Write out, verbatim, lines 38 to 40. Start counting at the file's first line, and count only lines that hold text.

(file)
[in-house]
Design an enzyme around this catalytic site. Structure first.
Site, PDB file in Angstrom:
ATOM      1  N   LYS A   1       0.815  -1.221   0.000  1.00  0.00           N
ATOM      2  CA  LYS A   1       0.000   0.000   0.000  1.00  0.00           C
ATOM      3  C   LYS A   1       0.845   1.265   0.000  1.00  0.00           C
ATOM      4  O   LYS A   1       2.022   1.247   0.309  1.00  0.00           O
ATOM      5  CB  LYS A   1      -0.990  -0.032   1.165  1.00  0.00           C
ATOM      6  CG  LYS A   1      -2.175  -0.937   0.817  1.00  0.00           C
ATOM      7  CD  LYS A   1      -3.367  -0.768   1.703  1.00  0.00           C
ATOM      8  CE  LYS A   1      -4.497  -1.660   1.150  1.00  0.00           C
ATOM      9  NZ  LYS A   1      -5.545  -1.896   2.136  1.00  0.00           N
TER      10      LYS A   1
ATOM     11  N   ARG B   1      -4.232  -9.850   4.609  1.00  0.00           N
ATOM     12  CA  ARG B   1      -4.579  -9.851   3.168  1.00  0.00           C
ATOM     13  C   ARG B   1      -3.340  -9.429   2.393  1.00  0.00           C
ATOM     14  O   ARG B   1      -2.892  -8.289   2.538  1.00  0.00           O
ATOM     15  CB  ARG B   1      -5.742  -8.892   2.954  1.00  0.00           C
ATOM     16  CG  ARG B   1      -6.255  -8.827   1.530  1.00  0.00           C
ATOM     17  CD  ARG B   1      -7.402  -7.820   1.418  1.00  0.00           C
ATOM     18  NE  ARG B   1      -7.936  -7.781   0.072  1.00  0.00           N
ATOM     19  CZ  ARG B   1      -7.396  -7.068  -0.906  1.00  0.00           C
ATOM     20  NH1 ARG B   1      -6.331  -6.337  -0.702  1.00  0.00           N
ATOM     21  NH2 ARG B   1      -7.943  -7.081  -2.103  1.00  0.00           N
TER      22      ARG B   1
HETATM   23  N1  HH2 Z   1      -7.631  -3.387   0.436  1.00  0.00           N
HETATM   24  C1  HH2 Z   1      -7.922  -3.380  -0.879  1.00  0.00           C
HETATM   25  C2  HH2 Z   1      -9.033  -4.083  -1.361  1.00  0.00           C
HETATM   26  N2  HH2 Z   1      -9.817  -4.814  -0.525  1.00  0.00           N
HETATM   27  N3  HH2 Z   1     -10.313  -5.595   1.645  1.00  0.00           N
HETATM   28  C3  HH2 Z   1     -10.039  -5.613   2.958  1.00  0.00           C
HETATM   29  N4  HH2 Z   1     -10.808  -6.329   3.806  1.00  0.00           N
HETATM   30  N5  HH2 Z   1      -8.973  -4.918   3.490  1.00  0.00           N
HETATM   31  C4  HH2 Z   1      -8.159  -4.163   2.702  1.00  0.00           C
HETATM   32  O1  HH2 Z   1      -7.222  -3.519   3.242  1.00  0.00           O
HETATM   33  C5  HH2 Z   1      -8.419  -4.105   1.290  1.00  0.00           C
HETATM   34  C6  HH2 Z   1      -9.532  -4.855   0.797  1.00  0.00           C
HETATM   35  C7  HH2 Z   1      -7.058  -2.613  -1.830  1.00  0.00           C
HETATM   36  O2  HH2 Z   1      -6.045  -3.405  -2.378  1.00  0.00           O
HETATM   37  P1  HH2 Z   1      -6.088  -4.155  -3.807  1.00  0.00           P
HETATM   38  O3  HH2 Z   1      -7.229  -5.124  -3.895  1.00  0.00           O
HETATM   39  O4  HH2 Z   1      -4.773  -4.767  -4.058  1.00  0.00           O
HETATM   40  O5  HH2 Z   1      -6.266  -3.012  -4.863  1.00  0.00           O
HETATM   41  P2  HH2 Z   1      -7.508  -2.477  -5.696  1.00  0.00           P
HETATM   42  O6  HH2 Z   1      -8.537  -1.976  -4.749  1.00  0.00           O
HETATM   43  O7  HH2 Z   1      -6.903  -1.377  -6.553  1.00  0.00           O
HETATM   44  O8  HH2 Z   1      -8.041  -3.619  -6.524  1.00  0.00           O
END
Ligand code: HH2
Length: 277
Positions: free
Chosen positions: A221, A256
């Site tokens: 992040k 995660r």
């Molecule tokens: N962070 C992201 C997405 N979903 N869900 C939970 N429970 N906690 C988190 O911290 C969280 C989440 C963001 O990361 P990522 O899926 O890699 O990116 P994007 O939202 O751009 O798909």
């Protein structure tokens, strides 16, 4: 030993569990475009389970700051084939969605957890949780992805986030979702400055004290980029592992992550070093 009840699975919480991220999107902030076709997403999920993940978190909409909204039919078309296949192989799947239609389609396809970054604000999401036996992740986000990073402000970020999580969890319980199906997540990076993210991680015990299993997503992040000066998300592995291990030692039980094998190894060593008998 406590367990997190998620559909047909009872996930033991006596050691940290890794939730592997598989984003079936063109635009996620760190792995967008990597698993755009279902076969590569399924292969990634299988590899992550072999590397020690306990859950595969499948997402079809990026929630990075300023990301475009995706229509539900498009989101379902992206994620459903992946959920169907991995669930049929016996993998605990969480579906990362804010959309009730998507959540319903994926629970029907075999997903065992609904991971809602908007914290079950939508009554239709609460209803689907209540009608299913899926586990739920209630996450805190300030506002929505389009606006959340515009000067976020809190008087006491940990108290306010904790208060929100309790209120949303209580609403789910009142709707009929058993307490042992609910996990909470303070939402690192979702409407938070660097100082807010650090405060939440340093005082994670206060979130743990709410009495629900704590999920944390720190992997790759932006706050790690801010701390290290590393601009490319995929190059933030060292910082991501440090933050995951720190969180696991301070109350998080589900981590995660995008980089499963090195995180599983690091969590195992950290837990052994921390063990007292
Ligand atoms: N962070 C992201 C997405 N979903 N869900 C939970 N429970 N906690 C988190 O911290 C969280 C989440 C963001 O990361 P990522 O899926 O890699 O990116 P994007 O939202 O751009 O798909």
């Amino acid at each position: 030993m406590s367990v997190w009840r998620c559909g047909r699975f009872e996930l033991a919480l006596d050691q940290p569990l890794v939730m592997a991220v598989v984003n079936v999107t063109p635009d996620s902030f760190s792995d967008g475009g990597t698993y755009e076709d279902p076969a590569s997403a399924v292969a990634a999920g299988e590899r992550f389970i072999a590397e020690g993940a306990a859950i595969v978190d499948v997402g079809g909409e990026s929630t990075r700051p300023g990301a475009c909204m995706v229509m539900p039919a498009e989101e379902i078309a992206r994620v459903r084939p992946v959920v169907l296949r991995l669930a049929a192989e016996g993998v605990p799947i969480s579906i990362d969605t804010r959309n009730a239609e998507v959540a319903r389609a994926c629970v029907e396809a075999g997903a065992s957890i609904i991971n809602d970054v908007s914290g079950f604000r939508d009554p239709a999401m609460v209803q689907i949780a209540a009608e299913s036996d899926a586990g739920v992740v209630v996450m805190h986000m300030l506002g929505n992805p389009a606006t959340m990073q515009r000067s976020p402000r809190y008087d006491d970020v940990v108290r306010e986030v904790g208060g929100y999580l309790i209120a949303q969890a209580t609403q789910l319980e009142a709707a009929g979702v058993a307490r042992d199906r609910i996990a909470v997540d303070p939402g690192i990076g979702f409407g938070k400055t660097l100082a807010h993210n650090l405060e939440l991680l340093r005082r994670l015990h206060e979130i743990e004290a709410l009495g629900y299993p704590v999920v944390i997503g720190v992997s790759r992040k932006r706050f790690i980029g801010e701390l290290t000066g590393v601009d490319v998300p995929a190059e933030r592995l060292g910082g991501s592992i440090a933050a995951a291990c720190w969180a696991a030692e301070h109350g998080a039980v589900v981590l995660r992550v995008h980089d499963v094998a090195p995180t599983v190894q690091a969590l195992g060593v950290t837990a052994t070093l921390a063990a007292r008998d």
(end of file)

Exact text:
HETATM   35  C7  HH2 Z   1      -7.058  -2.613  -1.830  1.00  0.00           C
HETATM   36  O2  HH2 Z   1      -6.045  -3.405  -2.378  1.00  0.00           O
HETATM   37  P1  HH2 Z   1      -6.088  -4.155  -3.807  1.00  0.00           P